It is generally accepted that Part II of the Housing Grants Construction and Regeneration Act 1996 has brought about significant change to practices in the construction industry, since it came into force on 1 May 1998.

It is also acknowledged, however, that there are some areas where improvements can be made, and others where the law is not working as well as it should.


During 2004, the Government commissioned Sir Michael Latham to undertake a review of the Act and he reported in September of that year. The report contained a large list of recommendations.

The result of lengthy discussions inside and outside the industry is the Local Democracy, Economic Development and Construction Act 2009, which received royal Assent on 12 November. Part 8 deals with construction contracts and is intended to come into force in England, Wales and Scotland, once commencing orders are issued. It does not address all the recommendations in the Latham report, but it does include a number of changes from the current regime, under the following headings:

  • Section 139 - Contracts to be in writing
    The previous act applied only to contracts that were in writing, whereas the scope of the new act is broadened to include some other contracts. It has been argued this was not necessary, as the previous act allowed for contracts ‘evidenced in writing’ which in itself is pretty broad, but the clarification has been made. To be effective, some of the new points are also required to be in writing.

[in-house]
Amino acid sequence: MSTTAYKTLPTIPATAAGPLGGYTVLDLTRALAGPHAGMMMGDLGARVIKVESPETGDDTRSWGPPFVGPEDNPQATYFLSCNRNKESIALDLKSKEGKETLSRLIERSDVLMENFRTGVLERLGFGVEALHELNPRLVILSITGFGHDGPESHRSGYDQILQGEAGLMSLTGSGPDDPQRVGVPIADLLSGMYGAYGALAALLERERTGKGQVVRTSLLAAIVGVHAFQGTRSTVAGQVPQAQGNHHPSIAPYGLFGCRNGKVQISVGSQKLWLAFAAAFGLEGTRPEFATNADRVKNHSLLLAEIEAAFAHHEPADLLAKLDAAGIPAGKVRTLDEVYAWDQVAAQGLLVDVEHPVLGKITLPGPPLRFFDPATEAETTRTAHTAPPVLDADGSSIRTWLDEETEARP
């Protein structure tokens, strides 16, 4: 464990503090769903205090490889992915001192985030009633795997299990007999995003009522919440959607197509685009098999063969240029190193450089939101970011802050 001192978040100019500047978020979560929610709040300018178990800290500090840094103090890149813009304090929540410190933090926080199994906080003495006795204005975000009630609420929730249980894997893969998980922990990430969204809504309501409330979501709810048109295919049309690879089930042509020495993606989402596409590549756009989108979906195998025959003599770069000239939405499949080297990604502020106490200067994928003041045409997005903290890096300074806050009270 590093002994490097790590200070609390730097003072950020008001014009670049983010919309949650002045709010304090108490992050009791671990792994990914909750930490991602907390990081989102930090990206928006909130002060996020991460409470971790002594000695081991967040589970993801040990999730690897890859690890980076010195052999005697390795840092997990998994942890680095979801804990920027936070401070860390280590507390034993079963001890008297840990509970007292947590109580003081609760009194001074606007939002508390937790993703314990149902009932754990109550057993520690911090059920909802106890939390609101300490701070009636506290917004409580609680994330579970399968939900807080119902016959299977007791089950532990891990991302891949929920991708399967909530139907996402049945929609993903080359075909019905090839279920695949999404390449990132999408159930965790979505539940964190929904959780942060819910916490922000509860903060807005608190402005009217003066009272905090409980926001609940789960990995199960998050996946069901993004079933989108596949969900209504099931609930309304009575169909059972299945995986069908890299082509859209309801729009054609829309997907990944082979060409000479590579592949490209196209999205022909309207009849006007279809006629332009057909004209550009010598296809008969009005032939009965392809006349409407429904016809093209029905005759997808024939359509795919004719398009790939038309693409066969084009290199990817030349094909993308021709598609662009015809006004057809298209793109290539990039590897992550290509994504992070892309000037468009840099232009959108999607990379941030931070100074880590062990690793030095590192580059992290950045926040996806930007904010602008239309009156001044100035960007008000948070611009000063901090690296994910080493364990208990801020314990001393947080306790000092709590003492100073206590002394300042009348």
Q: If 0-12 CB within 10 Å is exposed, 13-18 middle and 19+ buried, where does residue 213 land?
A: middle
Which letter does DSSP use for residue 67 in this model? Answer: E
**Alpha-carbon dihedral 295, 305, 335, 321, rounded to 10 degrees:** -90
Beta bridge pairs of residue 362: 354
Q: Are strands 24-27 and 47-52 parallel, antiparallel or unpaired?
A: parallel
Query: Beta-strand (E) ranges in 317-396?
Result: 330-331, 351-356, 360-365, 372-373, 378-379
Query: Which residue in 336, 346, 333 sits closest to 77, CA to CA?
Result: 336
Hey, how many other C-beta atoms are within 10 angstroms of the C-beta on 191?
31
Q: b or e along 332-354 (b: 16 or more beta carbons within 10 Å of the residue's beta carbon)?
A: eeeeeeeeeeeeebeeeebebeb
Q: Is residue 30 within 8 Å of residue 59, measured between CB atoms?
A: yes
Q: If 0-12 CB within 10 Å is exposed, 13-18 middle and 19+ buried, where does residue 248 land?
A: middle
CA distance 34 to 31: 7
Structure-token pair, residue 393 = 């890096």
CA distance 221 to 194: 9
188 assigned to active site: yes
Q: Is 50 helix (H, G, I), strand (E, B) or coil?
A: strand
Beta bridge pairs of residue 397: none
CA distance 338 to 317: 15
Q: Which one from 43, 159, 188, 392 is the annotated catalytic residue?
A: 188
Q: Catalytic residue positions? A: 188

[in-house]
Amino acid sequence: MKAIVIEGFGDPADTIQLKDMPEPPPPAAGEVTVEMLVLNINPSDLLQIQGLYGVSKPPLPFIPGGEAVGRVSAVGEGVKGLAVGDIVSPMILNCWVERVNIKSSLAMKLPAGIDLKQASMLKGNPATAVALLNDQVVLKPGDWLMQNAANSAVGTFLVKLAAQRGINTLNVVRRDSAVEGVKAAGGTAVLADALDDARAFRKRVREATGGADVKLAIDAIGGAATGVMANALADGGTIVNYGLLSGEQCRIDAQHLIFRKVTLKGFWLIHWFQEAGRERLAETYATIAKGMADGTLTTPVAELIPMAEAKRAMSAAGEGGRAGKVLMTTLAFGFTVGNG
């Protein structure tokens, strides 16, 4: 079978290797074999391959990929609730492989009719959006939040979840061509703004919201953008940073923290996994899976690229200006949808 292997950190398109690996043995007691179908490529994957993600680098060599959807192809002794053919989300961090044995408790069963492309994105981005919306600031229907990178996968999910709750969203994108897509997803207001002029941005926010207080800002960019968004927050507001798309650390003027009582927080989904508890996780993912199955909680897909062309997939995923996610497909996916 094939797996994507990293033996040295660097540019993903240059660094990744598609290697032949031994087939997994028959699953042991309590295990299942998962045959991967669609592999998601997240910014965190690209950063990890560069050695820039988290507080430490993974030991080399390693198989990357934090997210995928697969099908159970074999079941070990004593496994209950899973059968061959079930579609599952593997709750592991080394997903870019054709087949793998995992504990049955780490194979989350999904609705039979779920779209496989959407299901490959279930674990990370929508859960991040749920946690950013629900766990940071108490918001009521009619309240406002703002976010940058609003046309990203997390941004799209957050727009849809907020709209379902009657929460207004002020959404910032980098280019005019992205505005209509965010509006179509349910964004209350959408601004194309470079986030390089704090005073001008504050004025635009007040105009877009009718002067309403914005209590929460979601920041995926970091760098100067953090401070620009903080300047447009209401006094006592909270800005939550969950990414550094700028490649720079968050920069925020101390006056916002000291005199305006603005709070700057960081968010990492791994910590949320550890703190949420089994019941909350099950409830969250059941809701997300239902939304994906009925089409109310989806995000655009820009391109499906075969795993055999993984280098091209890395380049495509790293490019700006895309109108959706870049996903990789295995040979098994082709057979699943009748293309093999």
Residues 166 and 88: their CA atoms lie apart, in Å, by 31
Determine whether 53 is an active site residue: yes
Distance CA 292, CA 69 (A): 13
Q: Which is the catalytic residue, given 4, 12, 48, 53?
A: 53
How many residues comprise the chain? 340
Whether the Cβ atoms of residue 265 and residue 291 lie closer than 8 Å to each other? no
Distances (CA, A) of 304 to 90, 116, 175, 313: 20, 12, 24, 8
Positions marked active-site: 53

• Section 140 - Adjudicator’s power to make corrections
    An amendment has been made to allow an Adjudicator to correct their decision "so as to remove a clerical or typographical error arising by accident or omission."
  • Section 141 - Adjudication costs
    Any contractual provision made between the parties to a construction contract which concerns the allocation as between those parties of costs relating to the adjudication must be made in writing, or in writing after the giving of notice of intention to refer the dispute to adjudication.
  • Section 142 - Determination of payments due
    An "adequate mechanism" for determining what payments become due under the contract, or when, is not satisfied where a construction contract makes payment conditional on the performance of obligations under another contract, or a decision by any person as to whether obligations under another contract have been performed.
  • Section 143 - Notices relating to payment
    The payer or a specified person must give a notice complying the Act to the payee not later than five days after the payment due date, or require the payee to give a notice complying with the Act to the payer or a specified person not later than five days after the payment due date.

    Note: For the purposes of this section, it is immaterial that the sum referred to may be zero.
  • Section 144 - Requirement to pay notified sum
    The payer must pay the notified sum (to the extent not already paid) on or before the final date for payment.
  • Section 145 - Suspension of performance for non-payment
    The Act now provides for compensation of costs and expenses reasonably incurred during suspension.

It is always difficult to get consensus in the construction industry. So far reaction has been mixed, with some quarters calling for more discussion, and the inclusion of other items from the original consultation.

It is possible the Act will come into force in 2010, but it may even be delayed further by the General Election

BERR has also in parallel published a detailed Explanatory Note, which is available on their website: externallink.